Thanks John, although realize that John has been riding cambered 190s and 200s for some time and I think he weighs about 30 pounds less than I do. That is working a rail!
I would second the rad airs as look like good big mountain boards, but even though they are for sale in some europe locations, it looks they havent been distributed to the US yet. The older ones were really light with a channeled core, beefed up with a little aramid and carbon. Big very rockered boards are still really easy to turn at low speeds, they just kill you in April negotiating the low elevation brush after 4-5 climbs with 20-30 lbs of adhesive spring pow stuck on the deck.
I spent a bit of time on a Glissade 185 and 175. Glissades can handle a lot of speed too but seem to have dwindled out of the market as well.
I think any cambered boards that are really stable through being stiff really lose a lot of responsiveness and manueverability at low speeds especially in drier snow. I would reckon that Regis' boards (APOs) are real versatile to handle the few 1000s of feet of ice and hardpack that it looks like one is regularly subjected to in the Alps. But how do you get a real stiff cambered board to be playful on low angle slopes and wiggling through trees at more moderate speeds? One prevents the other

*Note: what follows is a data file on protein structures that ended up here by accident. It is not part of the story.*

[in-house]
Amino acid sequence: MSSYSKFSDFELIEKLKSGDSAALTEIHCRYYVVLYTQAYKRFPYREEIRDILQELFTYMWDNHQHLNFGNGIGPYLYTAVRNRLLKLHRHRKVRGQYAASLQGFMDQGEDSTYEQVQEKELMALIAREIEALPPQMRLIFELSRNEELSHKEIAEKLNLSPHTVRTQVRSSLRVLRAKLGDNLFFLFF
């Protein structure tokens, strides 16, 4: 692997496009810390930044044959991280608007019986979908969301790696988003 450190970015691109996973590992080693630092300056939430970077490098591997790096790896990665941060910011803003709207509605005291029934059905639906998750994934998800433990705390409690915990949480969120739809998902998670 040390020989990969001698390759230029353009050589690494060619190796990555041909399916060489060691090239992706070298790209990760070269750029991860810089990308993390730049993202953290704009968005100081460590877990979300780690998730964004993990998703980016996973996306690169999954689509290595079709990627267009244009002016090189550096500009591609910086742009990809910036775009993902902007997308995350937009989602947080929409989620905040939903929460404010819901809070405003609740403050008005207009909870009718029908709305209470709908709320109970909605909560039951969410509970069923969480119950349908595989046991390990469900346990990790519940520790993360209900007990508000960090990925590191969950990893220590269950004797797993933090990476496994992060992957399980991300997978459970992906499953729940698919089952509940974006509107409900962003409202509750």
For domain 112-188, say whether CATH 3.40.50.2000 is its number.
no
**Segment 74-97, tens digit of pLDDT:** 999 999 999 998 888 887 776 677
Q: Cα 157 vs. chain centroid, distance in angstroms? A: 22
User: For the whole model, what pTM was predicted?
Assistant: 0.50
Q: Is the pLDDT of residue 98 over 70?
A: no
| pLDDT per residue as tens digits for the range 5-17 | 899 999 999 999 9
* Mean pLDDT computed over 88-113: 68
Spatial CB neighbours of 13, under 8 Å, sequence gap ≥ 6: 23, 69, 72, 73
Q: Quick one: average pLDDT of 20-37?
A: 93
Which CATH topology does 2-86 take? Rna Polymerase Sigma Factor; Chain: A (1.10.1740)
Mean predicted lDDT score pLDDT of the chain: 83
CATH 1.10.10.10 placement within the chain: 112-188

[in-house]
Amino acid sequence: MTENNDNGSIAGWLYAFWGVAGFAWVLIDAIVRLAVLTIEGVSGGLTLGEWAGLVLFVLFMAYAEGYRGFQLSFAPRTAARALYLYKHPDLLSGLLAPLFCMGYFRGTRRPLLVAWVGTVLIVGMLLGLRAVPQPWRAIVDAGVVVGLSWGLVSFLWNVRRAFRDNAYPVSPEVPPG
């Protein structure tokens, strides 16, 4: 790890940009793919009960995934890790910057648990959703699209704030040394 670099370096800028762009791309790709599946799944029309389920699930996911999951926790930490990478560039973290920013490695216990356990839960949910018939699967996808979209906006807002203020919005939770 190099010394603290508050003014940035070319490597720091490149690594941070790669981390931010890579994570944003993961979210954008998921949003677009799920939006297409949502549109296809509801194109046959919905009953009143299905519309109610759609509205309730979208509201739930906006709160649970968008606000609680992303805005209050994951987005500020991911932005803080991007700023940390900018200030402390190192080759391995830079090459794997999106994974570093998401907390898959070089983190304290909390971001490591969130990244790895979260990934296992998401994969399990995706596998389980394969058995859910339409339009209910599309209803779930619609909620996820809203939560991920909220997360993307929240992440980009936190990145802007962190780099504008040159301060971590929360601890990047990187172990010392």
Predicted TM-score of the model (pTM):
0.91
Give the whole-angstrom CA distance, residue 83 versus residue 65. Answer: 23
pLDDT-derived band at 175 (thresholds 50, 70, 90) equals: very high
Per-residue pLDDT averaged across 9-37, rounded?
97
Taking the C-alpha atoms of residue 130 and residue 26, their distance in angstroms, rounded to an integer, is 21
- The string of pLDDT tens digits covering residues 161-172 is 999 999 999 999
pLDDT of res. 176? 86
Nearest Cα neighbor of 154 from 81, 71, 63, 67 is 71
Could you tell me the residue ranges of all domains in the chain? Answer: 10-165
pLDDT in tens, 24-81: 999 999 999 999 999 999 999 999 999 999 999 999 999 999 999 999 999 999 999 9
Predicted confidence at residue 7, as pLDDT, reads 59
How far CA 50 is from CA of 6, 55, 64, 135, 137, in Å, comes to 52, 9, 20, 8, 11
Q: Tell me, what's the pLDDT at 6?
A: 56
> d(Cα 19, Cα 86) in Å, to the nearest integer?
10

Joined: Thu Nov 19, 2009 9:16 am Posts: 490 Location: Salida, Flagstaff
The Glissade Big Gun 195 is far and away the most burly big mountain board I've ever ridden. Nothing else I've ridden really even compares - it's in a league all its own. I absolutely cherish mine... and am so bummed that they're no longer pressing boards.
_________________ Craig Kelly is my co-pilot 195 Glissade Big Gun 187 Donek Custom Split 181 Venture Storm Solid and Split 173 Rossi Race DIY Swallowtail Split